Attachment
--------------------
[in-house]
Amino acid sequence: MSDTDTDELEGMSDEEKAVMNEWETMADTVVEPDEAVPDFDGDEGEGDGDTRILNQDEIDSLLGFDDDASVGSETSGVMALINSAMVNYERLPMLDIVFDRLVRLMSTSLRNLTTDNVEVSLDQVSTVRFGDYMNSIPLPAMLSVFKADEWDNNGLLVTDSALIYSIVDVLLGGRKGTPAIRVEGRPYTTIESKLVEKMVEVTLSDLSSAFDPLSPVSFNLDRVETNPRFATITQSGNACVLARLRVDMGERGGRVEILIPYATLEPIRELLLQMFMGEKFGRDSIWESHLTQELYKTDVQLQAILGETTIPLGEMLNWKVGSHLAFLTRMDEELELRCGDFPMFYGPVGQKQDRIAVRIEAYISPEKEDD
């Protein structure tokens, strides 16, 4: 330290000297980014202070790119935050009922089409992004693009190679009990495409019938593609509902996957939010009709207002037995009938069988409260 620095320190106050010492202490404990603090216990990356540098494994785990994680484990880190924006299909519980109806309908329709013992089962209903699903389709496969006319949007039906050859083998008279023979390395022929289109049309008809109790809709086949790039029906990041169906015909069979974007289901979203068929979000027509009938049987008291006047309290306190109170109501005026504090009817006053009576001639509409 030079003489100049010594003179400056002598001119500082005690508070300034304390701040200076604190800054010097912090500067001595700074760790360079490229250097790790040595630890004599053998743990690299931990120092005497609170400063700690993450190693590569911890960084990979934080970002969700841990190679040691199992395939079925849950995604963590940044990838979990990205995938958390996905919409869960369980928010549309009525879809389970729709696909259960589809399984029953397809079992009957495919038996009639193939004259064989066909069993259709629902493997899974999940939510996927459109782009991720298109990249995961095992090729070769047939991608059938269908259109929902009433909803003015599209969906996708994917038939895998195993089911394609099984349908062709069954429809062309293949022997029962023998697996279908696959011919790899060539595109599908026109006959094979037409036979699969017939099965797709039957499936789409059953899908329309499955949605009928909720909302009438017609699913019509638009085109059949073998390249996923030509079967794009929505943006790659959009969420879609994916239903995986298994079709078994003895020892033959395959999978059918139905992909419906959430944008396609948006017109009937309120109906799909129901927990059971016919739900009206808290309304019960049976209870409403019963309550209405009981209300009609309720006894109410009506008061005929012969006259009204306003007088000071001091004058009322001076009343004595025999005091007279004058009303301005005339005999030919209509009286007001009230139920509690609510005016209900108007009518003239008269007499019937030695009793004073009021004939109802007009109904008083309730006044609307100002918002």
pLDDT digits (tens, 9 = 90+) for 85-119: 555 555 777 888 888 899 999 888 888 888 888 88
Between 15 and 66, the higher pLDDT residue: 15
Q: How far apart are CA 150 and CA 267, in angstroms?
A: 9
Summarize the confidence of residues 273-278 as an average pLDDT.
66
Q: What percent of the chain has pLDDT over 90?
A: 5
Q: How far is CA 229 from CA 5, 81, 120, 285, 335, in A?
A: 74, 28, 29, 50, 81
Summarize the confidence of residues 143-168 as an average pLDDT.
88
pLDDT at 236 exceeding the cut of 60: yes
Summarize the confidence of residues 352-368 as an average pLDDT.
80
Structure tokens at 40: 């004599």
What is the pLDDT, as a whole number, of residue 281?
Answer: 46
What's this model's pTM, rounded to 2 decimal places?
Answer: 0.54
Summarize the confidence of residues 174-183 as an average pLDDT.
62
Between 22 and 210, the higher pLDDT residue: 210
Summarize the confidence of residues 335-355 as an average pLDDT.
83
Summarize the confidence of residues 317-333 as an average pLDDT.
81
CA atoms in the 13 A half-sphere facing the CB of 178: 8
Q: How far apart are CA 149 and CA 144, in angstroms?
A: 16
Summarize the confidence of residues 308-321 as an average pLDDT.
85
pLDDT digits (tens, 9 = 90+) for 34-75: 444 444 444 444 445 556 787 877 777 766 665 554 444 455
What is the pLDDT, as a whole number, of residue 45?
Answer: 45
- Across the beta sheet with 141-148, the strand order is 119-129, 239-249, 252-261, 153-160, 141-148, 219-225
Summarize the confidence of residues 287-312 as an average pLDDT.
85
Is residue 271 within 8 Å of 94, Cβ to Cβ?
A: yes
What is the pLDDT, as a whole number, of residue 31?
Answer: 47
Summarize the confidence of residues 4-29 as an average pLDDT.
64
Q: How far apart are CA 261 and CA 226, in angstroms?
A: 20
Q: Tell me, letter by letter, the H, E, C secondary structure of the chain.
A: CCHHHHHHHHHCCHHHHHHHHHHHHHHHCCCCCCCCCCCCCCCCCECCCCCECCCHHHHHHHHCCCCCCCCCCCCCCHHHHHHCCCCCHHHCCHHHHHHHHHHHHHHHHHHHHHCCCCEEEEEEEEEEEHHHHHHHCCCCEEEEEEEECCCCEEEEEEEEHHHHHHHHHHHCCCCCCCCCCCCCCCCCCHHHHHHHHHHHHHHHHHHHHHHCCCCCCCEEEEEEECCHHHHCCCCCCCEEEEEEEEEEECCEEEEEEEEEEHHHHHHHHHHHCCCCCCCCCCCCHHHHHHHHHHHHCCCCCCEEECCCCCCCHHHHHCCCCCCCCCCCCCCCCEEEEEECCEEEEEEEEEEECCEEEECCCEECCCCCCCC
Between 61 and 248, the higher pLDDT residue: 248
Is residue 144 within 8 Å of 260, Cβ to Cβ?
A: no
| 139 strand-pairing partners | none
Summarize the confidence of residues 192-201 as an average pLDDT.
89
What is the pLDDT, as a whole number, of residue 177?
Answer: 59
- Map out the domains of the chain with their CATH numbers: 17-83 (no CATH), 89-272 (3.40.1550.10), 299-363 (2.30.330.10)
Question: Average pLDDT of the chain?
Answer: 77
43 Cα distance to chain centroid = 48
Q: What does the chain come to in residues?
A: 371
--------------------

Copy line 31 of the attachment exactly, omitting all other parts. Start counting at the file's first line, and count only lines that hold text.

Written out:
CA atoms in the 13 A half-sphere facing the CB of 178: 8